By Innes Herdan, Secretary
Veronica Roth, up and coming author, has built a futuristic society within the trilogy of Divergent, Insurgent, and lastly, Allegient that has been targeted for the young adult reader. Roth has envisioned this world that runs on a completely different social structure, one built on personality traits. However, the structure presents a twist when the citizens are only allowed to embody one single trait, otherwise the individual is looked upon as a threat.
In this world, there are five factions, which each have their own trait to abide by; the choices being, kindness, selflessness, intelligence, bravery, and honesty. While Roth presents a completely new concept to a post apocalyptic world, her concept includes a facet that all society have dealt with: control. While Roth’s world was meant to be organized independently, to prevent political conflict, to make each person feel as if they serve one purpose; it has this element of societal control that teaches people they are only good enough and capable enough to be one characteristic.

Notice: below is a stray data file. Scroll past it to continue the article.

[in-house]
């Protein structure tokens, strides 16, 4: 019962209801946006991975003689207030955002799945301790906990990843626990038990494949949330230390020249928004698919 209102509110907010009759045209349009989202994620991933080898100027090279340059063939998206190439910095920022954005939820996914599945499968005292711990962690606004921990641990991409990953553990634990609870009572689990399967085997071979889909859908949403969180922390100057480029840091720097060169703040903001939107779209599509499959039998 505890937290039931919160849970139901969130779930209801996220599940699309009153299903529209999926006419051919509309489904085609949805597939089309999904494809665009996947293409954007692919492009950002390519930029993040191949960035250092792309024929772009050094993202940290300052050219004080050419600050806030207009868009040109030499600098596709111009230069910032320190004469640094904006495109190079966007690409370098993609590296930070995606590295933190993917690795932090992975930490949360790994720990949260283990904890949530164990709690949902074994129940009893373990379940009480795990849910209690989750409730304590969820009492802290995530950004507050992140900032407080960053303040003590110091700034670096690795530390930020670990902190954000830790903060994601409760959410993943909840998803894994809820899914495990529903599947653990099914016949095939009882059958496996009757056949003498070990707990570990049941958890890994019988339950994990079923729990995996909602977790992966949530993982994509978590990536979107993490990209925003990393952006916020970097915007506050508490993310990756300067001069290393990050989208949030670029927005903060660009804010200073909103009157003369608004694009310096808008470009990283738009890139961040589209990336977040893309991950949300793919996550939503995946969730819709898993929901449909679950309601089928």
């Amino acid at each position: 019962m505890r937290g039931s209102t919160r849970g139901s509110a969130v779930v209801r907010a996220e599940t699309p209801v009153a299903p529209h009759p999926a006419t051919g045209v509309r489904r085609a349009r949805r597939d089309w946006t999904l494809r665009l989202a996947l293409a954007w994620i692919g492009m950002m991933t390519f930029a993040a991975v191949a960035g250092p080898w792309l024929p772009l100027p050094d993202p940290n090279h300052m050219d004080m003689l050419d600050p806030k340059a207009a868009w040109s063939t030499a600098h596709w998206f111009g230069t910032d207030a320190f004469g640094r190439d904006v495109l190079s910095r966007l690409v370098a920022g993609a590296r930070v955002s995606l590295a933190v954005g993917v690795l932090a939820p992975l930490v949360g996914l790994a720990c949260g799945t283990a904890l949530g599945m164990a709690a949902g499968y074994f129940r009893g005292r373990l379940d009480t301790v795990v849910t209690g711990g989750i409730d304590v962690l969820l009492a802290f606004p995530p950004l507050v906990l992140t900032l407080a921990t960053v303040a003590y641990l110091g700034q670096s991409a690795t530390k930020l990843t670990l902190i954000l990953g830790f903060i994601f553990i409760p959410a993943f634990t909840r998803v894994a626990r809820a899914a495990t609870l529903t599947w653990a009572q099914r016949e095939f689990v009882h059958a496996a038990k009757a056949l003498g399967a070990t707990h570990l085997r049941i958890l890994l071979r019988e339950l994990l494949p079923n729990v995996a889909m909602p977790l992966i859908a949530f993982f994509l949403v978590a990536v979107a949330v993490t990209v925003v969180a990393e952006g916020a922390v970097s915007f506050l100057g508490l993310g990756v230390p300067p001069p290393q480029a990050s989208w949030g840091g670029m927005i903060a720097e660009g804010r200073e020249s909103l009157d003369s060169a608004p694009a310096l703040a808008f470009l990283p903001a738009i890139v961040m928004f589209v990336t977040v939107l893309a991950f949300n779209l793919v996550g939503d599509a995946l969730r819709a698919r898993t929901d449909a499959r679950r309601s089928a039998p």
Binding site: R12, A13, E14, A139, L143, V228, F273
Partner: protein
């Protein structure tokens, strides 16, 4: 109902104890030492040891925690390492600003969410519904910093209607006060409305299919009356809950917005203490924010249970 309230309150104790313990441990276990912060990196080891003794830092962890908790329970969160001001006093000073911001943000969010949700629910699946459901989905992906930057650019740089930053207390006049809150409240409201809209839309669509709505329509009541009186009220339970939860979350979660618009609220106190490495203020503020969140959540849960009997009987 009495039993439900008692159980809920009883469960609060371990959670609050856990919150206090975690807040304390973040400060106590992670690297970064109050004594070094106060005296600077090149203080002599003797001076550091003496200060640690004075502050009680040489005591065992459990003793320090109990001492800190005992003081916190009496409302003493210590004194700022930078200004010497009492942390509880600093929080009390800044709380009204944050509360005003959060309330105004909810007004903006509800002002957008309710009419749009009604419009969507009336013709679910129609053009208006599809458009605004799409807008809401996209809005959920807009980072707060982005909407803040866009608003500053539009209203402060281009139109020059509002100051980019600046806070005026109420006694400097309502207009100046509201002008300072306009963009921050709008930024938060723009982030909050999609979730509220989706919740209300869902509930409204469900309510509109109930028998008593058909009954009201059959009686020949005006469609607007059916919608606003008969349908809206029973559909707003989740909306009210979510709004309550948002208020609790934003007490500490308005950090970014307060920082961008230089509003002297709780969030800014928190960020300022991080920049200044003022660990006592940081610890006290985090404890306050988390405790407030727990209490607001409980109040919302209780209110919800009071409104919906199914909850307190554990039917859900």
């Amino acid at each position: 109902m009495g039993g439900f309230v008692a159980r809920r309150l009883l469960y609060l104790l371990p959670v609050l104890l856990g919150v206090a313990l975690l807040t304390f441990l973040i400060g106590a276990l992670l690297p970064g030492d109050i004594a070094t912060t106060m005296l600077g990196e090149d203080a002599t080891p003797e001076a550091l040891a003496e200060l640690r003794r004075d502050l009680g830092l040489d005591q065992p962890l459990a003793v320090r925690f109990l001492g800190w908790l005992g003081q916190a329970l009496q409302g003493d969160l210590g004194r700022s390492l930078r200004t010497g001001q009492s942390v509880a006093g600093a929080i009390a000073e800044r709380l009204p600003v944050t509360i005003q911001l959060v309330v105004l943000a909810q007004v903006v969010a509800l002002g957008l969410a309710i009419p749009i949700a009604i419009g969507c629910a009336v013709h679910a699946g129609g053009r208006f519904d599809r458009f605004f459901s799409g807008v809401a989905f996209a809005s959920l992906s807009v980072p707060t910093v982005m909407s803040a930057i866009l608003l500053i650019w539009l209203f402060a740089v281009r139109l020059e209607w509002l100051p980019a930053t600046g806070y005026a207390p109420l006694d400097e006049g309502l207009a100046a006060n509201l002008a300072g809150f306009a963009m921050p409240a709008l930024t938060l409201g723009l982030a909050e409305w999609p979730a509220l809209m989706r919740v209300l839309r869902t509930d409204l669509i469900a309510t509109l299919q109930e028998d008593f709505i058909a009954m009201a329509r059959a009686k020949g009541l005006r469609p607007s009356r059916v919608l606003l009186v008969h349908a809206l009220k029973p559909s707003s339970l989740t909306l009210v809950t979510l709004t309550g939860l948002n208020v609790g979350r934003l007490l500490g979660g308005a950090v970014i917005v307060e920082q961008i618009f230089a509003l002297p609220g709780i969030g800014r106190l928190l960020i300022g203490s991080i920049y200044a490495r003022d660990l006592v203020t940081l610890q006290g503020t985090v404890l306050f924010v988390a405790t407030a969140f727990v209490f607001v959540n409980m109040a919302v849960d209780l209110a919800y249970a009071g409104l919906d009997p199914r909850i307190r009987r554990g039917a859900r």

Divergent focuses on the female character of Tris, who was characterized by the stimulation test that ultimately determines her best fit faction as being someone that embodies more than a single characteristic. Tris, as well as other unknown citizens, are grouped as being divergent, embodying multiple factions. The unknown and independence causes fear within the political leaders, which makes the divergent a threat. Other current societies also exemplify the trait of excluding those that are different. Roth has taken these analogies and magnified them for the purpose of showing the reader the challenges that result when too much control is put in a society.
Divergent presents not only a new thought process for readers to consider but it also does not present a love triangle, which is what many other young adults series feature. Divergent focuses more on personal integrity and what mental challenges every human, no matter the society, needs to overcome. Though each society may have separate social norms, mental processes can work very similarly. This novel, for many, can be identifiable. Many, especially young adults, may find themselves identifying with Tris, as being somebody who does not fit fully in their given culture but wanting to be accepted. Roth has presented readers with a chance to think, consider, and compare with their own culture.